The Five Perks of Forming a Benefit Corporation

Deborah Sweeney By Deborah Sweeney

A combination of a non-profit and for-profit business, is slowly gaining speed and popularity nationwide. Here is why you may want to consider it.

Image by: FreeDigitalPhotos.net

Image by: FreeDigitalPhotos.net

If you haven’t heard any of the buzz surrounding the rise of the Benefit Corporation, you have some serious catching up to do in the business world! The newest business structure wild card, a combination of a non-profit and for-profit business, is slowly gaining speed and popularity nationwide.  Thus far, about 20 states have passed Benefit Corporation legislature including Delaware, frequently considered the biggest state trendsetter in the incorporation world. The fact that a state with that much influence has firmly decided to back the B Corp says a lot about its future as a staying entity for companies that want to commit a general public benefit that creates a lasting material impact on society.

If that sounds like it’s right up your ’s alley, here are five additional perks to filing for a Benefit Corporation.

B Corps are a class (and entity) of their own.

What makes the Benefit Corporation so special is the combination of a non-profit business and for-profit business (like a C-Corp) by being an entity that is built around a social responsibility, but still has the ability to make a profit. No other business structures have these sorts of options available to them!

2. Do good and make a profit.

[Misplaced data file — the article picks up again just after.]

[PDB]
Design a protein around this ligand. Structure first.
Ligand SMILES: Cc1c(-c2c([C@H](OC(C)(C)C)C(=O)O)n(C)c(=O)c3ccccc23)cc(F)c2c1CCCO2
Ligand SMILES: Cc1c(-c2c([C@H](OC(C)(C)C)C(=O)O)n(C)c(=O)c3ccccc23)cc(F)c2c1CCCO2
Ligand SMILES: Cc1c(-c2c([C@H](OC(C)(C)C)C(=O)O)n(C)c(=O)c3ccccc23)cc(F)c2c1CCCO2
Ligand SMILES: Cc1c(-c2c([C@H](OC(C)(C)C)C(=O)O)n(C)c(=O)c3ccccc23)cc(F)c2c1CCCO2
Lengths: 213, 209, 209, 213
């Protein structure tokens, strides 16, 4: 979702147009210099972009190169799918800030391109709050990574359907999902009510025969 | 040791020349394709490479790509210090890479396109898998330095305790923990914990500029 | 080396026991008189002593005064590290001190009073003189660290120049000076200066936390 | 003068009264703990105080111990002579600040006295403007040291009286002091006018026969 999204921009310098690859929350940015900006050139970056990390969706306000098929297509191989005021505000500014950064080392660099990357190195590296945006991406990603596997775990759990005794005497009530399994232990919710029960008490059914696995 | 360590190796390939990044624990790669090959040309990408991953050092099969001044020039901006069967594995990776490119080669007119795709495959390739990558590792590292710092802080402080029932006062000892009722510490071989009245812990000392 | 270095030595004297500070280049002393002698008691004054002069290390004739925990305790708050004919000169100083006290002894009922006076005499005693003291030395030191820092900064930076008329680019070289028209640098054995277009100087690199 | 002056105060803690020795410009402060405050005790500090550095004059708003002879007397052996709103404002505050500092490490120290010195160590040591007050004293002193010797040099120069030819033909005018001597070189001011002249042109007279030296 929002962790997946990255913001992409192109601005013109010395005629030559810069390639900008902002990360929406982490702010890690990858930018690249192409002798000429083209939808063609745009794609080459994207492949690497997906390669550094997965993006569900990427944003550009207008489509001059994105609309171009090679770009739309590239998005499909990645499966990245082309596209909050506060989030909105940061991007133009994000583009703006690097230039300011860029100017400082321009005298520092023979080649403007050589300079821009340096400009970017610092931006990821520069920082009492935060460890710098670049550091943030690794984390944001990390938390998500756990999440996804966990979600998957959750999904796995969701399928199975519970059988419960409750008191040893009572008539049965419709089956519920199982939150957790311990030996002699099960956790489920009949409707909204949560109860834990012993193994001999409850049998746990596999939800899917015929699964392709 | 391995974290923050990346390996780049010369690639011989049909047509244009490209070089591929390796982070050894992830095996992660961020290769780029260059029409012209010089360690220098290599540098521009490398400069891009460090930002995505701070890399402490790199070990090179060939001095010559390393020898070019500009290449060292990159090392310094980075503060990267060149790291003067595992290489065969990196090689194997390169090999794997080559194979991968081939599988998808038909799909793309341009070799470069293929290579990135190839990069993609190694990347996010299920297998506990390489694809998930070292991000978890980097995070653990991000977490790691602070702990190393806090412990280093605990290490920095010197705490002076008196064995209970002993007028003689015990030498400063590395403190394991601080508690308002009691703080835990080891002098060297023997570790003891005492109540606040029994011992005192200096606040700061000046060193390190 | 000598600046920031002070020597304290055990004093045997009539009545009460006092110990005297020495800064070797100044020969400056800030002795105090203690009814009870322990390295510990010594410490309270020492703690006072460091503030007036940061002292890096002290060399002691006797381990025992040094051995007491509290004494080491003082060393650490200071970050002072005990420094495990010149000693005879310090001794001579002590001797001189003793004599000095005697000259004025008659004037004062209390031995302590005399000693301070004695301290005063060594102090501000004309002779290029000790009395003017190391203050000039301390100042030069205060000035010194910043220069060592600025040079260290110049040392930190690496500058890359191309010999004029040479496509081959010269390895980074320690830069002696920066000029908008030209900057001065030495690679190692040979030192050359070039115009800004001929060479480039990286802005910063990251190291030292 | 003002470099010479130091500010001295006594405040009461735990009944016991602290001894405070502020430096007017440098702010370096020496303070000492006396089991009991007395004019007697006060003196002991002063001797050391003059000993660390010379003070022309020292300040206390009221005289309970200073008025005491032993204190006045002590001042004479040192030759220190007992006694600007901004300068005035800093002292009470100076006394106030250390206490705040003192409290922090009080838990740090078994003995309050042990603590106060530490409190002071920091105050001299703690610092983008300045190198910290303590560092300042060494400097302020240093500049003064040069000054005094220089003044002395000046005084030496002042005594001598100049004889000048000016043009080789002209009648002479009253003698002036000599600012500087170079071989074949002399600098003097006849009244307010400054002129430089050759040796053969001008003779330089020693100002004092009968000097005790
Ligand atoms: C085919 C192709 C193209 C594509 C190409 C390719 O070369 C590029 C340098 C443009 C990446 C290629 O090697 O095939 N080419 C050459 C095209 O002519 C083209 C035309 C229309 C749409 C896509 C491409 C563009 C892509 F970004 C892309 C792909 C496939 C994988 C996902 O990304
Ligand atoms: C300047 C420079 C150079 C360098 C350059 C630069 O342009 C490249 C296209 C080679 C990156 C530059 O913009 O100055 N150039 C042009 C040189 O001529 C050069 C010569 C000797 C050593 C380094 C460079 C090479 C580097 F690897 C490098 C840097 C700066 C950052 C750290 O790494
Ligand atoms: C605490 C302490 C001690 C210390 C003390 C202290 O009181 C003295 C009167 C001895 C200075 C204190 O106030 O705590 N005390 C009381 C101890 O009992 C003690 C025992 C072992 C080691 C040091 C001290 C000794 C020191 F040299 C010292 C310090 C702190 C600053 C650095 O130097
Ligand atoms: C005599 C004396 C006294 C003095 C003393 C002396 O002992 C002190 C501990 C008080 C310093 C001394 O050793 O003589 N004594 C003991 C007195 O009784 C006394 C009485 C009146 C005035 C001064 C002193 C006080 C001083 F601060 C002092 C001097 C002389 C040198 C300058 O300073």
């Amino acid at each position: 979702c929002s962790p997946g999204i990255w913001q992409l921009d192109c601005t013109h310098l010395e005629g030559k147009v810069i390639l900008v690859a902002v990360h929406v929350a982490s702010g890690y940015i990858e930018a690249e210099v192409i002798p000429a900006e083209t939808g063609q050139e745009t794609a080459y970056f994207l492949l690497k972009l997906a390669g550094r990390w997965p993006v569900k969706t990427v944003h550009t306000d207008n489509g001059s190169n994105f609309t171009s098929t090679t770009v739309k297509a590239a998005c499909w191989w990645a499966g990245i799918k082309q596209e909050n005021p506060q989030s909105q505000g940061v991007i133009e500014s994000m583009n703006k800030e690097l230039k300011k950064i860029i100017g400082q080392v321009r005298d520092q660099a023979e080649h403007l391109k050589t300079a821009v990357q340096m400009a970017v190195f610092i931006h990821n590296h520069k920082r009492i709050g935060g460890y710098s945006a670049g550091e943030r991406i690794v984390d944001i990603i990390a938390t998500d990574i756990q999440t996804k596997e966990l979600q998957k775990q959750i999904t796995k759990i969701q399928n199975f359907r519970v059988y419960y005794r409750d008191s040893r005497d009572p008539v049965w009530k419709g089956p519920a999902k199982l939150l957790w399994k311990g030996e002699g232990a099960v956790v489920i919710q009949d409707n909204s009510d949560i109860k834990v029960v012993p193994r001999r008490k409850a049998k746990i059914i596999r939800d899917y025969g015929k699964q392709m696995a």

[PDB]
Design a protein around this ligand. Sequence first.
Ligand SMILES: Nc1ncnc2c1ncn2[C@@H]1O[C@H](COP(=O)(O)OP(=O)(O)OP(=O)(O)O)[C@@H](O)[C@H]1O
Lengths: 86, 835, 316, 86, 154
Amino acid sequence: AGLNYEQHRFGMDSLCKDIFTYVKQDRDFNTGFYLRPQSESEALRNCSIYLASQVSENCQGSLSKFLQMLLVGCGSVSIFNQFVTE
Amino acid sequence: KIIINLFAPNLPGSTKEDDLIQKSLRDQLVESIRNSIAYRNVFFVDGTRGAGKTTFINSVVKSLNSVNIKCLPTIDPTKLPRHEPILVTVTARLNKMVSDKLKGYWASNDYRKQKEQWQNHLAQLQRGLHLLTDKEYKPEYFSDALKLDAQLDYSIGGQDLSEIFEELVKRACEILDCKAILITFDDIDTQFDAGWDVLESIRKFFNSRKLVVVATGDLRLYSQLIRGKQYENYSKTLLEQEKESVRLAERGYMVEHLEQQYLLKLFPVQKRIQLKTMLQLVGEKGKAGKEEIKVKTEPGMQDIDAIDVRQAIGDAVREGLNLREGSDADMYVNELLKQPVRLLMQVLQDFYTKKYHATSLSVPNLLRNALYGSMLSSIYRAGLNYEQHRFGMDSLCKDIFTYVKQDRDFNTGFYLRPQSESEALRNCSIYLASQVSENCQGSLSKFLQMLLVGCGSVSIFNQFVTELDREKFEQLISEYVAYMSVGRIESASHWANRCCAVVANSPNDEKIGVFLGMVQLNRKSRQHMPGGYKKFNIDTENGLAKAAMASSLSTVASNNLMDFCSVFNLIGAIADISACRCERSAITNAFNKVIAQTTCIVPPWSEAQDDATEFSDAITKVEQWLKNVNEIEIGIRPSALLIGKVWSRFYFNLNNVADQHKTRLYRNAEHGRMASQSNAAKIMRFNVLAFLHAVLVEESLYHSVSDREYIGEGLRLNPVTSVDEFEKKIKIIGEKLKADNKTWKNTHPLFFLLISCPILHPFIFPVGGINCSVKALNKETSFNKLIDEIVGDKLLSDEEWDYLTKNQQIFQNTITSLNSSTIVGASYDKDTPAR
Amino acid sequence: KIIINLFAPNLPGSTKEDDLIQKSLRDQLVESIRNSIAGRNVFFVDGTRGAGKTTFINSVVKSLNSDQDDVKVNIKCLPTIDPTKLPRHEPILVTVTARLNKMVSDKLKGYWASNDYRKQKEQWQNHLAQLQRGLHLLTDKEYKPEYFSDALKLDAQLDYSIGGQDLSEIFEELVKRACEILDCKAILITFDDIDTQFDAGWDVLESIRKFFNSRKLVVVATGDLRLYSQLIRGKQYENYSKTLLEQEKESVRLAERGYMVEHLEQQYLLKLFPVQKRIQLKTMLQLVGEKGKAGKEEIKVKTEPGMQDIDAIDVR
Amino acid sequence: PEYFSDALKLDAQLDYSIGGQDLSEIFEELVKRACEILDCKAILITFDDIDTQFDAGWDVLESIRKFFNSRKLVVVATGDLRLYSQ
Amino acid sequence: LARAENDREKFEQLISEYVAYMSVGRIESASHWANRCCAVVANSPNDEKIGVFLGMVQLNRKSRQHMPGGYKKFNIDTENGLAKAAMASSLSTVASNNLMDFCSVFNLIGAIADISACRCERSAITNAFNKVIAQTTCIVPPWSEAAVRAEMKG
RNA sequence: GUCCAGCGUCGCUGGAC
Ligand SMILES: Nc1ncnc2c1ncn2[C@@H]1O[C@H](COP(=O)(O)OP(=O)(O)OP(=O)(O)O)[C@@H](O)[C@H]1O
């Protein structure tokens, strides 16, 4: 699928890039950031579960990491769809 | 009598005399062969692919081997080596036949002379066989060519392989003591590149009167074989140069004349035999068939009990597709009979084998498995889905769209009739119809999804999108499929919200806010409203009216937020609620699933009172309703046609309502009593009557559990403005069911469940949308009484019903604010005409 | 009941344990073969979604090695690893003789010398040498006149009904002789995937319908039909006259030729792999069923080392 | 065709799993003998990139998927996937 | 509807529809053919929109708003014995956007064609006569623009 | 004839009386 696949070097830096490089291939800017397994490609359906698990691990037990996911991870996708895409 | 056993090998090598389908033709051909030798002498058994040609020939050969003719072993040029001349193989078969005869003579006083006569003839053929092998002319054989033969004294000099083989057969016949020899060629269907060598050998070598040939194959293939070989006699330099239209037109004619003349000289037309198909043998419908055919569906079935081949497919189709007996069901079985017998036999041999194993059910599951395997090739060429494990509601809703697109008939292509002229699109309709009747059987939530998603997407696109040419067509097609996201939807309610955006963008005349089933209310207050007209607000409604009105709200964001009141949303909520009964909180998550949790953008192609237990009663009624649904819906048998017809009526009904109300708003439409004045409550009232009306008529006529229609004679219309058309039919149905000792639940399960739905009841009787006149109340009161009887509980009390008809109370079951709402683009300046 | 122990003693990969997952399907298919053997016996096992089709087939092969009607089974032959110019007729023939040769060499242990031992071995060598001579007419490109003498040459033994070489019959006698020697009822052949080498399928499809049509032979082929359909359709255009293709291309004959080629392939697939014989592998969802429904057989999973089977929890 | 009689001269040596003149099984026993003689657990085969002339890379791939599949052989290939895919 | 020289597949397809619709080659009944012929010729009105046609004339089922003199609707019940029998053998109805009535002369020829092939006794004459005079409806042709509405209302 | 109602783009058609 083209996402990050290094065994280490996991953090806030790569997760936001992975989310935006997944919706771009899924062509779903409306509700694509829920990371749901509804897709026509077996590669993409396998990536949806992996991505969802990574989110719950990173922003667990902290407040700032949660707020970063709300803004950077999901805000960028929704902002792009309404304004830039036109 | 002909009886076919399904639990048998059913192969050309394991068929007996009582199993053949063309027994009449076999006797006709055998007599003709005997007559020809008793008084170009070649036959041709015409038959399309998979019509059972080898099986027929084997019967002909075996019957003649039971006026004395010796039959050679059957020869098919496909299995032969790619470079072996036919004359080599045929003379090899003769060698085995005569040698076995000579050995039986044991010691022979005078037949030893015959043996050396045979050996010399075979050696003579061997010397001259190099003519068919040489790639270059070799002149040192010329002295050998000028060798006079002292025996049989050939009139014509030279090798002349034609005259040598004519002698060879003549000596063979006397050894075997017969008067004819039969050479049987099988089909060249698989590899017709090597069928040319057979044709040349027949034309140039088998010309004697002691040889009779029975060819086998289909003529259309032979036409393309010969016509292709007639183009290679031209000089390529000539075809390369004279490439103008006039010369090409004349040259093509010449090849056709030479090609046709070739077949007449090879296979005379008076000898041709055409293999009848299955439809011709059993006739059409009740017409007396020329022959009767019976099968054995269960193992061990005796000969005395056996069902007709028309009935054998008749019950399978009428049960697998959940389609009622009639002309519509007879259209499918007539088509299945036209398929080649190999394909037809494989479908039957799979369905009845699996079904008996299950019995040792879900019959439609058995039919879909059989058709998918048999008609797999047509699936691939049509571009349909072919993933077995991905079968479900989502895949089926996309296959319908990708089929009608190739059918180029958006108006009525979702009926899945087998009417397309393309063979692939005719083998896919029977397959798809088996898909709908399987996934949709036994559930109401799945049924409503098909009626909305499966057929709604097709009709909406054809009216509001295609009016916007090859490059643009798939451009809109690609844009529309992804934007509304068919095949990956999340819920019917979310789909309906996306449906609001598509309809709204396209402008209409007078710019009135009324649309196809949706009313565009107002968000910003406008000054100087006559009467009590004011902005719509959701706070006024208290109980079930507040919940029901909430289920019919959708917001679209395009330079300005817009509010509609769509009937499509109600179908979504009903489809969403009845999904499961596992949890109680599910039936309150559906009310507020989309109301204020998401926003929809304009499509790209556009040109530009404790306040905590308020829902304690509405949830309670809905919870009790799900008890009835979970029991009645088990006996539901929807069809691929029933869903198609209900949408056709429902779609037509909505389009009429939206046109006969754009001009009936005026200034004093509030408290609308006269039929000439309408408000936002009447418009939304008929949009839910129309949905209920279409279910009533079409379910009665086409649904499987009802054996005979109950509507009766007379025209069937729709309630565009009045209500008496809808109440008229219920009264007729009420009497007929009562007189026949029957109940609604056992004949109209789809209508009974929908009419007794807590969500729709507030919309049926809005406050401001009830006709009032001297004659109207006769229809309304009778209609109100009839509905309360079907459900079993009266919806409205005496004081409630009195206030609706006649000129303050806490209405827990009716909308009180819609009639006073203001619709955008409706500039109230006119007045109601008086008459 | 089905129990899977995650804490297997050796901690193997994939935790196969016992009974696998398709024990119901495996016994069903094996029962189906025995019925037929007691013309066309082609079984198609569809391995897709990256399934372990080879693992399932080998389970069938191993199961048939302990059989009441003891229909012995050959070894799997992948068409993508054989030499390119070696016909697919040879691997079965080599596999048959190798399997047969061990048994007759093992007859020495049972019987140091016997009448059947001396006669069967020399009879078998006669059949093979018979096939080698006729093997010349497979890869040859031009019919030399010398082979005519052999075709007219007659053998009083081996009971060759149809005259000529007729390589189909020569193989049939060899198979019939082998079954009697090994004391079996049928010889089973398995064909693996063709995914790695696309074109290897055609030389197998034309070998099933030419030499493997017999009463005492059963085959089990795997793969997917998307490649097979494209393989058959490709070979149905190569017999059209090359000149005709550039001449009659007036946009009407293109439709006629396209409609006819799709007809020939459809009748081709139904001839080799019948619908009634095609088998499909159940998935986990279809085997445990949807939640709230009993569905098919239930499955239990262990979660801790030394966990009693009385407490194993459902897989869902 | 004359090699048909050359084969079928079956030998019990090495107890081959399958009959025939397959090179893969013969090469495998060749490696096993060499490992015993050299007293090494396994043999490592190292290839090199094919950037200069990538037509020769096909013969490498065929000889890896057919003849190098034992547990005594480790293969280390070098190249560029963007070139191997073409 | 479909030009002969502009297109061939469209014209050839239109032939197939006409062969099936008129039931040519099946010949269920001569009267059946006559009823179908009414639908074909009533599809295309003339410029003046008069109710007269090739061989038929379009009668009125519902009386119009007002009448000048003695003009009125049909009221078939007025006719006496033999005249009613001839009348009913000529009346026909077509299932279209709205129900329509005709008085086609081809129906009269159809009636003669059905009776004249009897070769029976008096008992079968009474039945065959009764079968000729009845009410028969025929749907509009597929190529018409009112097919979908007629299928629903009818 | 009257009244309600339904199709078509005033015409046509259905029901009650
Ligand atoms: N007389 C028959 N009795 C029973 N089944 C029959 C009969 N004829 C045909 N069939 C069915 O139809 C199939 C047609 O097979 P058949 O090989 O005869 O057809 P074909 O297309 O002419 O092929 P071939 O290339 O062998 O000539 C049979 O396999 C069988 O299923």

Entrepreneurs have the ability to make a profit along the way while keeping the cause close to the business.
What better reason to start a business than to help benefit a cause one is passionate about? When a company incorporates as a B Corp, they adopt to higher standards of purpose, accountability, and transparency. Having both elements (the cause driving the business to commit to a higher sense of purpose, and the ability to make money) is great because non-profits have always been popular for entrepreneurs. Now, those entrepreneurs have the ability to make a profit along the way while keeping the cause close to the business.

3. You get to create a really positive brand.

With a Benefit Corporation, you get to be a for-profit company that is also striving to make the world a better place, which makes your brand even more buzzworthy and well regarded. Business owners get to focus on environmental/social issues while still reaping the financial benefits, which looks good for shareholders. Some shareholders may be skeptical about working with non-profits because they have less of a focus on revenue, but knowing that you and your certified Benefit Corporation are interested in making a profit while supporting social or environmental purposes, puts shareholders at ease to invest in your company.

4. Less confusion when filing as a Benefit Corporation.

If you know the ins and outs of for-profit entities and did your research beforehand, then you’ll grasp the paperwork of Benefit Corporations just fine. Keep in mind that once you are B Corp certified, your company must publish an Annual Benefit Report that charts out and details the ways in which the B Corp has pursued the public benefit and the extent to which the benefit was created

5. Bring in those customers!

Lastly, Benefit Corporations have their service-based motto embedded into their structure, so your customers will know right away that any business filed under a B Corp entity will be environmentally and socially conscious. Customers will feel more compelled to shop at a purpose-driven business than a non purpose-driven business. Everyone wants to feel that they are making a difference and doing good in the world and supporting a B Corp is a great step to take!

If you're a woman business owner, share your startup story though our 1,000 Stories project and be featured on our site.

If you're a woman business owner, share your startup story though our 1,000 Stories project and be featured on our site.

Deborah SweeneyThe Five Perks of Forming a Benefit Corporation